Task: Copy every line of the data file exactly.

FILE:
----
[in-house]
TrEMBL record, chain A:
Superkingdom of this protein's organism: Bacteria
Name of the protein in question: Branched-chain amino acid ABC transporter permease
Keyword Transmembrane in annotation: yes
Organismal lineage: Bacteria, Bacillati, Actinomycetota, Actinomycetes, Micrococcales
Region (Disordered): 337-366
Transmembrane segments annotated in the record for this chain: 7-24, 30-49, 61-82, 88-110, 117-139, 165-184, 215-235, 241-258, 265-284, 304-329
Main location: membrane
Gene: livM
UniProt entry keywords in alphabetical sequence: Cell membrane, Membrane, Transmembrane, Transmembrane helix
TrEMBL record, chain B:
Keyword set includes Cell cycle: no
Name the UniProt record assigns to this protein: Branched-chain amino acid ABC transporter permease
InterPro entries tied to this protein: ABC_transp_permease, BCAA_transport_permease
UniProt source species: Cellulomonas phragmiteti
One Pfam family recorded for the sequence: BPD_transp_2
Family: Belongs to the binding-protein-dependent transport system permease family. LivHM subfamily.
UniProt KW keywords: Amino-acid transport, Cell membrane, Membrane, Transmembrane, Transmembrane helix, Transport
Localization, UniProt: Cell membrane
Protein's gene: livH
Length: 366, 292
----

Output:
[in-house]
TrEMBL record, chain A:
Superkingdom of this protein's organism: Bacteria
Name of the protein in question: Branched-chain amino acid ABC transporter permease
Keyword Transmembrane in annotation: yes
Organismal lineage: Bacteria, Bacillati, Actinomycetota, Actinomycetes, Micrococcales
Region (Disordered): 337-366
Transmembrane segments annotated in the record for this chain: 7-24, 30-49, 61-82, 88-110, 117-139, 165-184, 215-235, 241-258, 265-284, 304-329
Main location: membrane
Gene: livM
UniProt entry keywords in alphabetical sequence: Cell membrane, Membrane, Transmembrane, Transmembrane helix
TrEMBL record, chain B:
Keyword set includes Cell cycle: no
Name the UniProt record assigns to this protein: Branched-chain amino acid ABC transporter permease
InterPro entries tied to this protein: ABC_transp_permease, BCAA_transport_permease
UniProt source species: Cellulomonas phragmiteti
One Pfam family recorded for the sequence: BPD_transp_2
Family: Belongs to the binding-protein-dependent transport system permease family. LivHM subfamily.
UniProt KW keywords: Amino-acid transport, Cell membrane, Membrane, Transmembrane, Transmembrane helix, Transport
Localization, UniProt: Cell membrane
Protein's gene: livH
Length: 366, 292